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Questions About Communion

I have received some suggestions here at the parish about different possibilities for receiving communion during this time.
 
One suggestion made is that communion be made available to parishioners as they wait in their cars, or that parishioners be allowed to pick up communion at the church and take it home to their families.
 
Another suggestion is that priests allow small numbers of the faithful (no more than 10) to attend their private daily Mass.  After all, the priest is still celebrating Mass every day for the parish's intentions, but are doing so privately.  What harm can there be in allowing a few people to join him?
 
Finally, another option is offered, suggesting that the priest should consider bringing communion to several centralized locations, such as some parishioners' homes throughout town, so that the faithful can gather in small groups (no more than 10) in order to receive communion.
 
I very much understand and empathize with the desire of the faithful for the Holy Eucharist.  After all, it is the "source and summit" of our Faith.  It is the "bread from heaven" that feeds our hunger for calm in these uncertain times.  Yet, all of these options are not currently possible.
 
Bishop Malloy has explicitly stated in his latest communication to the priests that "efforts, including proposals for communion [to] people in cars, should not be utilized."  At this time, "the distribution of Holy Communion and the administration of the Sacrament of the Sick should be only for emergency situations at this time following the guidance of the health authorities."
 
Further, he says, "no public Masses on weekdays or Sundays are to be celebrated until further notice. While priests are to celebrate Mass privately daily...this must be done without the presence of the faithful for the time being."  Priests must "not gather an informal group for a private Mass as we seek to limit the spread of the virus."
 
So, you can see that the bishop's instructions preclude us from doing any of the above suggestions.  We are being encouraged instead "to make a spiritual union at this time when physical participation is not possible."  In other words, let us strive to unite our hearts to Jesus, even when our bodies cannot be so united.
 
To the bishop's instructions, I would like to add a personal comment.  As I said, I deeply sympathize with the desire of the faithful to receive the Eucharist at this time. But, I don't think that some of the suggestions being offered befit the dignity of the Eucharist.
 
For example, I understand how receiving communion from a car respects the isolation needed to keep the virus from spreading.  However, I cannot get over the image in my mind that, by doing so, we turn communion into "fast food," as if Mass were just another drive-thru service.  Again, while not denying that this suggestion is well-intentioned, I don't believe that this is a dignified way of looking at the Eucharist.
 
Another example would be the efforts by some to find a way to "sneak Mass in" under the radar.  Sure, it doesn't seem to "hurt anybody" to join the priest in his daily Mass.  But, to do so would be to defy the bishop's instruction.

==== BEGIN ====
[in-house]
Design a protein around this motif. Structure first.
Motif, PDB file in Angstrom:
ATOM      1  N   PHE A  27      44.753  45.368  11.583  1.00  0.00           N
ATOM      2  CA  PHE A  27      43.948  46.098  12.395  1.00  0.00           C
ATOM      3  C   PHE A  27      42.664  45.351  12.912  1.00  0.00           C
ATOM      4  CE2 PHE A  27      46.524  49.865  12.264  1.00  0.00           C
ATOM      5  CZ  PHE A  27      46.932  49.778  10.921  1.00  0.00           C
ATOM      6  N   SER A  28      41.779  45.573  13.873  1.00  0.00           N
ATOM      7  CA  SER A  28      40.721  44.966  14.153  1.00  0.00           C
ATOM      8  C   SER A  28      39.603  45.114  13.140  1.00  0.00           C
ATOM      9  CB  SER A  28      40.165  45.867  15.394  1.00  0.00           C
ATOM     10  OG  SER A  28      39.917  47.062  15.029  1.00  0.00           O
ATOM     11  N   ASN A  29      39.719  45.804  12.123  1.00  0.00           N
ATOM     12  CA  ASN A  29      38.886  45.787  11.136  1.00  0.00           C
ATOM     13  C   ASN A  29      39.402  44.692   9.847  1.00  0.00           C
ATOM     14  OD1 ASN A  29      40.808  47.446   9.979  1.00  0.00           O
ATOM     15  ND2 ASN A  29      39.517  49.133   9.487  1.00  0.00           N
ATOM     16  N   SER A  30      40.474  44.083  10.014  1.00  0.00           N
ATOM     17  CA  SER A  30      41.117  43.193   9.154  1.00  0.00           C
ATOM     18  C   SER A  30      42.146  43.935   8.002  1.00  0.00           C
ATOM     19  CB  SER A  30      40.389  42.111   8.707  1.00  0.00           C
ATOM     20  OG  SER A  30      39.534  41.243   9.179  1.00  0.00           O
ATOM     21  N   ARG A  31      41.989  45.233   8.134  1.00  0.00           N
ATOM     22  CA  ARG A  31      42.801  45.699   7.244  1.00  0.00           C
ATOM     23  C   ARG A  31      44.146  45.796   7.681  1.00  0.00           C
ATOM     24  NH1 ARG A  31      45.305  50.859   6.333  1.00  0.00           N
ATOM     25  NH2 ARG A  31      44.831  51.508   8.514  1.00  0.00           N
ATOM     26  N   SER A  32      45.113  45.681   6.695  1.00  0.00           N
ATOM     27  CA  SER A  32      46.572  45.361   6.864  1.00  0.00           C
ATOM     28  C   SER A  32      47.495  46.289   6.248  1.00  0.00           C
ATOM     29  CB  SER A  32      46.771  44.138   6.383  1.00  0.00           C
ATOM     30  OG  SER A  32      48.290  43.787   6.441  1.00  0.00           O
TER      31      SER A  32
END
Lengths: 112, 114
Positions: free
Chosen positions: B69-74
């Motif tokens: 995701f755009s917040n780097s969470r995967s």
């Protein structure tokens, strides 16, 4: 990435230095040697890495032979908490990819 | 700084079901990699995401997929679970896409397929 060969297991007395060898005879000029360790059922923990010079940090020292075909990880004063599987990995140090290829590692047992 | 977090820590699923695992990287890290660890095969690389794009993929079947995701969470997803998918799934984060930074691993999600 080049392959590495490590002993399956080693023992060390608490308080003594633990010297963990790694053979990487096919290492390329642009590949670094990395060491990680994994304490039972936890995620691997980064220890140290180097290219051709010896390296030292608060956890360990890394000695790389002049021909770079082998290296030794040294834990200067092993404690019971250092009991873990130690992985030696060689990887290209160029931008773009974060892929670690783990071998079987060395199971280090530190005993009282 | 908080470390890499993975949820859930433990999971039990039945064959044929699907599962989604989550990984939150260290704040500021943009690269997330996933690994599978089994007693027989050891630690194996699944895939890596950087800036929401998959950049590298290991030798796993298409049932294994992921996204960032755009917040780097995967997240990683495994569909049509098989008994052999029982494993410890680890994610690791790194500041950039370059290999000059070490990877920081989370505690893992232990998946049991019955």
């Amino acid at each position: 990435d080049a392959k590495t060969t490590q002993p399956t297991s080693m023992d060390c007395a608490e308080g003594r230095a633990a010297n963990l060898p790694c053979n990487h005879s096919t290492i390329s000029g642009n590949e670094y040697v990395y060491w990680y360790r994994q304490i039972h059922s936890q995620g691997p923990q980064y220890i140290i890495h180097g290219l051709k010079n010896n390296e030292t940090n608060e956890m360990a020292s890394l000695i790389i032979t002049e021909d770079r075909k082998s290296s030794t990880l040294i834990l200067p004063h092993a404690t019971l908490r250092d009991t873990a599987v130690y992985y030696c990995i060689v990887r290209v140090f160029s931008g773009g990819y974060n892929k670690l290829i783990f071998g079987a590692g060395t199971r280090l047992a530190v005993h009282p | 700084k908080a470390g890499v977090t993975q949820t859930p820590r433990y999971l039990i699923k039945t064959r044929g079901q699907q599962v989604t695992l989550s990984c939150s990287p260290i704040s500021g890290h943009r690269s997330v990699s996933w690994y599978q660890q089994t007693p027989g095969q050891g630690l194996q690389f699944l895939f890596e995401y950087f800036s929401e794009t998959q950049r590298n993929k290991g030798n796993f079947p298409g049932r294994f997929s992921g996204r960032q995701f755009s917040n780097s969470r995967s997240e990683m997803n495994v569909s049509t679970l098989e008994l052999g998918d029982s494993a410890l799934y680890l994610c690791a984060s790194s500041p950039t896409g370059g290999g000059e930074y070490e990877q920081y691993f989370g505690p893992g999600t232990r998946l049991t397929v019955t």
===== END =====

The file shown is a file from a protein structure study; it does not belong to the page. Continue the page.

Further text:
To this situation we hear 1 Sm 15:22: "Does the LORD delight in burnt offerings and sacrifices as much as in obedience to the LORD's command?  Obedience is better than sacrifice."  To disobey Christ's representative on earth in order to receive communion seems to be a poor way to respect Christ present in the Eucharist.
 
If you can't do these things, then what can you do? 
 
First, as mentioned before, continue to make your spiritual communions.  In our current age, when Mass and the Eucharist have always been available when we want it, we forget that most believers through the centuries did not get to go to Mass or receive communion at will.  Those celebrations could be few and far between because of distance, lack of priests, or disease.
 
So, what did those believers do to be united to Jesus?  They made spiritual communions.  They spent time trying to unite their hearts to our Lord.  Then, when they did get to attend Mass or receive communion, their interior union made their physical union all the more profound.  We can learn from their efforts and do the same.  Many prayers for spiritual communion can be found on the internet; find one you like and pray it everyday.
 
Second, if you are already out, maybe make a brief stop at the church for a moment of prayer from your car.  With the recent stay-at-home order in effect, this is less of an option.  But, if you are out for a walk or need to run to the store for necessities, maybe make a short detour to the church and say a prayer outside of the church.
 
This mirrors the long-standing practice of many of the faithful throughout the centuries who would make visits to the Blessed Sacrament during the course of their day.  This is something easy to do.  So, stop by.  Look through the doors of the church.  See that the tabernacle light is still on.  Take comfort in knowing that Jesus hasn't gone anywhere.
 
Please know that I am keeping you all in prayer during this time.  Yes, such comments sound cliche, but they are true nonetheless.  I will continue to keep you apprised of updates when they come through.  In the meantime, I wish you all peace.
 
Fr. Thomas Doyle